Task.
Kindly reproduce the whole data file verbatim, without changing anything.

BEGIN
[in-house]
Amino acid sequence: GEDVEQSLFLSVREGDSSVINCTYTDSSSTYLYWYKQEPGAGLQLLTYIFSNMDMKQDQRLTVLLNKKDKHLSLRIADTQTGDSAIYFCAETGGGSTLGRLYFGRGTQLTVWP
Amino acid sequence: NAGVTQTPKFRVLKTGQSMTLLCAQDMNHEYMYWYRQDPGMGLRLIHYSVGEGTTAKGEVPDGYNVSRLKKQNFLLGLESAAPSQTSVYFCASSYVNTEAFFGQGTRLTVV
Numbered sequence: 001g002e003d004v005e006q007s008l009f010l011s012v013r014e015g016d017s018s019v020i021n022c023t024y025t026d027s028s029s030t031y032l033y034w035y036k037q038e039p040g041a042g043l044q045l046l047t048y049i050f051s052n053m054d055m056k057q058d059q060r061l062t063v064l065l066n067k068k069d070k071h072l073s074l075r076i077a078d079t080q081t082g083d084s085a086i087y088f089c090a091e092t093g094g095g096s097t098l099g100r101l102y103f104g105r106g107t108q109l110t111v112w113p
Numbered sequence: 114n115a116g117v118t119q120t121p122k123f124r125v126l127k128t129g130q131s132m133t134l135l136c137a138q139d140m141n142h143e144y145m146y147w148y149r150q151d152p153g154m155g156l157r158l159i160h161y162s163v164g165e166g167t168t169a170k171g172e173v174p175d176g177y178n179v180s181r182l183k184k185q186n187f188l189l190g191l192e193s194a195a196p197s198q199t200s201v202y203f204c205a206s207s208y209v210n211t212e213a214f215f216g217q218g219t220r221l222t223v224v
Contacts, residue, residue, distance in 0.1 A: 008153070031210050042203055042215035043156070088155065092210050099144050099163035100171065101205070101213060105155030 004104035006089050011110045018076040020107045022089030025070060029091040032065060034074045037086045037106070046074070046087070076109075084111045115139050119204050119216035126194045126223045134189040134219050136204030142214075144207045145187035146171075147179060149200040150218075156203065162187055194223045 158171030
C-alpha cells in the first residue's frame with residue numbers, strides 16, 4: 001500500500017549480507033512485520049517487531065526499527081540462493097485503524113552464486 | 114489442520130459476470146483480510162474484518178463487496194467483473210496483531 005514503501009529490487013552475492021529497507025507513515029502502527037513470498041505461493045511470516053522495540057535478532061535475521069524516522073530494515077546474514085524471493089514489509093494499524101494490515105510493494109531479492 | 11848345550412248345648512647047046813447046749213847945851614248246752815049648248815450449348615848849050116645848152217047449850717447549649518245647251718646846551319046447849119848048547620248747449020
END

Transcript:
[in-house]
Amino acid sequence: GEDVEQSLFLSVREGDSSVINCTYTDSSSTYLYWYKQEPGAGLQLLTYIFSNMDMKQDQRLTVLLNKKDKHLSLRIADTQTGDSAIYFCAETGGGSTLGRLYFGRGTQLTVWP
Amino acid sequence: NAGVTQTPKFRVLKTGQSMTLLCAQDMNHEYMYWYRQDPGMGLRLIHYSVGEGTTAKGEVPDGYNVSRLKKQNFLLGLESAAPSQTSVYFCASSYVNTEAFFGQGTRLTVV
Numbered sequence: 001g002e003d004v005e006q007s008l009f010l011s012v013r014e015g016d017s018s019v020i021n022c023t024y025t026d027s028s029s030t031y032l033y034w035y036k037q038e039p040g041a042g043l044q045l046l047t048y049i050f051s052n053m054d055m056k057q058d059q060r061l062t063v064l065l066n067k068k069d070k071h072l073s074l075r076i077a078d079t080q081t082g083d084s085a086i087y088f089c090a091e092t093g094g095g096s097t098l099g100r101l102y103f104g105r106g107t108q109l110t111v112w113p
Numbered sequence: 114n115a116g117v118t119q120t121p122k123f124r125v126l127k128t129g130q131s132m133t134l135l136c137a138q139d140m141n142h143e144y145m146y147w148y149r150q151d152p153g154m155g156l157r158l159i160h161y162s163v164g165e166g167t168t169a170k171g172e173v174p175d176g177y178n179v180s181r182l183k184k185q186n187f188l189l190g191l192e193s194a195a196p197s198q199t200s201v202y203f204c205a206s207s208y209v210n211t212e213a214f215f216g217q218g219t220r221l222t223v224v
Contacts, residue, residue, distance in 0.1 A: 008153070031210050042203055042215035043156070088155065092210050099144050099163035100171065101205070101213060105155030 004104035006089050011110045018076040020107045022089030025070060029091040032065060034074045037086045037106070046074070046087070076109075084111045115139050119204050119216035126194045126223045134189040134219050136204030142214075144207045145187035146171075147179060149200040150218075156203065162187055194223045 158171030
C-alpha cells in the first residue's frame with residue numbers, strides 16, 4: 001500500500017549480507033512485520049517487531065526499527081540462493097485503524113552464486 | 114489442520130459476470146483480510162474484518178463487496194467483473210496483531 005514503501009529490487013552475492021529497507025507513515029502502527037513470498041505461493045511470516053522495540057535478532061535475521069524516522073530494515077546474514085524471493089514489509093494499524101494490515105510493494109531479492 | 11848345550412248345648512647047046813447046749213847945851614248246752815049648248815450449348615848849050116645848152217047449850717447549649518245647251718646846551319046447849119848048547620248747449020